This Portuguese orange olive oil cake has an unforgettably tender crumb and a citrus smack thanks to fruity olive oil, winter navel oranges, and orange zest.
It may not look it, but this orange olive oil cake recipe was, without a doubt, the hardest recipe to develop for my first cookbook, The New Portuguese Table. We made 13 versions of it until I knew it was as good as the recipe I got at Papas, the tiny restaurant up the hill from my apartment in Lisbon. The problem was—and I have no idea if this was intentional—but they gave me a recipe for a classic chiffon cake. Yet their mighty bolo de laranja was dense and rich, and just one slice could satisfy even my appetite.
Friend and Portuguese food scholar Janet Boileau was also smitten with Papas’ orange olive oil cake and went to work with me and my recipe tester, Cindi Kruth, trying to figure it out. In the end, it took a call to Lisbon chef Fausto Airioldi to help me get a handle on the dessert. He agreed with me that this was no stinking chiffon cake. It was too full of the bold flavors of Portugal. That’s when Cindi and I started from scratch. Several weeks later, we came up with this cake.
Over the years, I’ve been mightily blessed with all sorts of compliments and accolades for this cake. Some folks have won baking contests with it. One reader used it as the base for her wedding cake. And it’s even featured in a Parisian bakery. (In a smaller, more twee version, naturellement!) But perhaps the compliment I love the most came from 10-year-old Hilton. He’d just woken up and had sat down to breakfast. After a few bites of the cake, he turned to his mother and said…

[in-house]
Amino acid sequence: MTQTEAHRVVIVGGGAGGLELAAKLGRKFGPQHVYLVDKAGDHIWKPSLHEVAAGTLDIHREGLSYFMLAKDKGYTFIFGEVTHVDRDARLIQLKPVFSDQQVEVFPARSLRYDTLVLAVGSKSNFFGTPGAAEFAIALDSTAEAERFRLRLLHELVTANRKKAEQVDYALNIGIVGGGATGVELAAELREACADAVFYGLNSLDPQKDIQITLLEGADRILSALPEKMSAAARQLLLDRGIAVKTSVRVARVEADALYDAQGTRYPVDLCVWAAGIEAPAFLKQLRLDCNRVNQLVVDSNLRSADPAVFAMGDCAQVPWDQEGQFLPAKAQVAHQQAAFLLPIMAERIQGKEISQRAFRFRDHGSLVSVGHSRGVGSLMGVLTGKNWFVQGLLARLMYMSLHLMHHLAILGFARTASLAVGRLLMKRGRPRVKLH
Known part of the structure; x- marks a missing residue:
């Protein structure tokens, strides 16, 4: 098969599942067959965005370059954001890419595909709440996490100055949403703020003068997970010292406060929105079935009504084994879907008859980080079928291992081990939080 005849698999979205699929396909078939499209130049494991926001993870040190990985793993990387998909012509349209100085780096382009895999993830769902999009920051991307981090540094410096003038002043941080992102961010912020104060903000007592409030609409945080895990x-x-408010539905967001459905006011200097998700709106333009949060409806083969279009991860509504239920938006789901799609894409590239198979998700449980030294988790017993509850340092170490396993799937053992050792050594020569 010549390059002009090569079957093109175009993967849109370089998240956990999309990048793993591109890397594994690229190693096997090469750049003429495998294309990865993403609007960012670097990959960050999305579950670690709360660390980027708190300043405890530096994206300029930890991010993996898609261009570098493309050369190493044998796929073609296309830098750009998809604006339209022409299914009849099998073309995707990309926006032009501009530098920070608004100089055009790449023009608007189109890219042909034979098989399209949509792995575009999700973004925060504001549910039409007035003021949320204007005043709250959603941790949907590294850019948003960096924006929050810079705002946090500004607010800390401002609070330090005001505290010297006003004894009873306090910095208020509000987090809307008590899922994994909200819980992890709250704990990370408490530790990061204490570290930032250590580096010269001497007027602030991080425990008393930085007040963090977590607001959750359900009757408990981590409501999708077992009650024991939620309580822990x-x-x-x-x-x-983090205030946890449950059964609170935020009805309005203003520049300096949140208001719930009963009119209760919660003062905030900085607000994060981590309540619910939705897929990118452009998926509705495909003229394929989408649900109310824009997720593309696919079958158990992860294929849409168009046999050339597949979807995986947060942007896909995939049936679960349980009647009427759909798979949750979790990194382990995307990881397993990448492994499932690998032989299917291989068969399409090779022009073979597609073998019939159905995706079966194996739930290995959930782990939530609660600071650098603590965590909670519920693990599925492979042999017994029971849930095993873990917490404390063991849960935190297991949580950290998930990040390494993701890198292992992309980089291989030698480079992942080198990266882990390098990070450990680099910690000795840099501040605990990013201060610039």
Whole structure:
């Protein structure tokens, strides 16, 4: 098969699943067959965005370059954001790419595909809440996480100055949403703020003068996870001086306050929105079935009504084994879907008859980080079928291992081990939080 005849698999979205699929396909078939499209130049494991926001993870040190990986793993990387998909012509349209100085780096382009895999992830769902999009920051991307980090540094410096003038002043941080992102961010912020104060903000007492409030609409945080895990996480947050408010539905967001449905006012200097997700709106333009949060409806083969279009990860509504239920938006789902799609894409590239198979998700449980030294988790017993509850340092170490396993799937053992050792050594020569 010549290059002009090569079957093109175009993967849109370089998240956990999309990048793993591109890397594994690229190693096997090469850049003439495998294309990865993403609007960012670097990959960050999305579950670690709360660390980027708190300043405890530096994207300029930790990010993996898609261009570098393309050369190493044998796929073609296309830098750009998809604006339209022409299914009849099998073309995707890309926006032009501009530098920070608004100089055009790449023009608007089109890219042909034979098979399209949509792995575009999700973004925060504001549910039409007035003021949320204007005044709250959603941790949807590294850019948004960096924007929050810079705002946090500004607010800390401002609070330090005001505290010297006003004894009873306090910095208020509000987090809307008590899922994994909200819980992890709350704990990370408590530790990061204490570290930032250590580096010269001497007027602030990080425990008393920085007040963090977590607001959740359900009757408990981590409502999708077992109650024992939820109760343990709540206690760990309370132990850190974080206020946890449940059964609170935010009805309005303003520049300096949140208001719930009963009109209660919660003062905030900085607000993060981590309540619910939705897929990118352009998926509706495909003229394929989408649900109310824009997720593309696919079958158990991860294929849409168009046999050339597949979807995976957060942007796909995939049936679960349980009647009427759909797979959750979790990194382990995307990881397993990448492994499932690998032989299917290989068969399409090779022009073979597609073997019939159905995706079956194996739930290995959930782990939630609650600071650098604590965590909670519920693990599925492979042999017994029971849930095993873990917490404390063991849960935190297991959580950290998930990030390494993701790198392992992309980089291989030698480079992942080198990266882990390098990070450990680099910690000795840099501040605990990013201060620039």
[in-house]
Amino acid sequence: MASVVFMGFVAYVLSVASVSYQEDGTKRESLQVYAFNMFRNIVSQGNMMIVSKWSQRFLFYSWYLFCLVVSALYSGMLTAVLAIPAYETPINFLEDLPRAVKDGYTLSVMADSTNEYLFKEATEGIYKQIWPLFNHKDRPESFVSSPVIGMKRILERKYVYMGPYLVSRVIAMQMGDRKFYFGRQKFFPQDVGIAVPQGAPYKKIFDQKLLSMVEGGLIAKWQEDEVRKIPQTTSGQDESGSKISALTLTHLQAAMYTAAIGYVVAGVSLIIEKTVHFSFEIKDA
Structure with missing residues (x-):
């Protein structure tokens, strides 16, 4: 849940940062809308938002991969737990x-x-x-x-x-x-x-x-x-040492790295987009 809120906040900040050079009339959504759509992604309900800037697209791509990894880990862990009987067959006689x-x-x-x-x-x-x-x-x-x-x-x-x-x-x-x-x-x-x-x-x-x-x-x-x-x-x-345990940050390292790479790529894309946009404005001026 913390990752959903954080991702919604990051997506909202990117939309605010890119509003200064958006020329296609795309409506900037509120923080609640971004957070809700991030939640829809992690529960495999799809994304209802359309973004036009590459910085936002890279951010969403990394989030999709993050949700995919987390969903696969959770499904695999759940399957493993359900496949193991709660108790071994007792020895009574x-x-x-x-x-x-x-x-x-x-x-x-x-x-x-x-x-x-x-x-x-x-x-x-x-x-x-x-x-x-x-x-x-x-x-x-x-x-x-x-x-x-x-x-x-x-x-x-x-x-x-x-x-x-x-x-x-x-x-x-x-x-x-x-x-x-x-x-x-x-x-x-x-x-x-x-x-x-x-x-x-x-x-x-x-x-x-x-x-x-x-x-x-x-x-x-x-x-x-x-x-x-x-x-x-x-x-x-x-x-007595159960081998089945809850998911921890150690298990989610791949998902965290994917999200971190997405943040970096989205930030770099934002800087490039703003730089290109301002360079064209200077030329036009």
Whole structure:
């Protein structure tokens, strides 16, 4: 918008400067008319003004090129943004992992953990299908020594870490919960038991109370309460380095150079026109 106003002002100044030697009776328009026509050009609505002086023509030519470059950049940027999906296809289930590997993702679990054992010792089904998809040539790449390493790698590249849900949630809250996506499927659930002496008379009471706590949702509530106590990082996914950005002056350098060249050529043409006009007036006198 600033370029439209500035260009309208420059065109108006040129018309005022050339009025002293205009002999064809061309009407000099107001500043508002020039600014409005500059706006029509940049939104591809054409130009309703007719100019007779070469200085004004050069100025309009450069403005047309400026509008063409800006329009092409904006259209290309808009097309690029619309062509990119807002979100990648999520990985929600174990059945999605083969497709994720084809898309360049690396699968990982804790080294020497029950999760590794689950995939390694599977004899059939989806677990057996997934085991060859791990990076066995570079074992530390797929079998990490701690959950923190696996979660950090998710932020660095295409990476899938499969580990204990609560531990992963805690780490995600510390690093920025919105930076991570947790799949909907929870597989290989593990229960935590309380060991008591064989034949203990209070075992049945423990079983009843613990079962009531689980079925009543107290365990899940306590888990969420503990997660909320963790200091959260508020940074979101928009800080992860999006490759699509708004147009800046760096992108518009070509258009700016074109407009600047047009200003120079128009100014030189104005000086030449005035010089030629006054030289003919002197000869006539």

This is the best thing I ever ated. And I’m already 10!
Portuguese Orange Olive Oil Cake FAQs
What is a “fruity” olive oil?
Considering olives are fruits, all olive oils would technically be “fruity.” But technicalities aside, olive oils can range in flavor from grassy and buttery to peppery and the sought-after fruity. Finer-quality extra-virgin olive oils tend to be perceived as fruity with aromas and notes of tart apple, apricot, pineapple, or banana. There are even olive oils infused with orange. But you don’t need to go crazy trying to find the perfect oil for this cake. Just make sure the one you choose isn’t peppery.
Do I really have to wait 24 hours before digging into this cake?
Of course not. But if you want the best possible bite, then, yes, hold your horses. Consider the overnight rest a kind of honeymoon, where the newly-wed flavors have a chance to go from shy and unsure to wildly satisfying. The result? A sexier cake blooming with the blush and aroma of orange.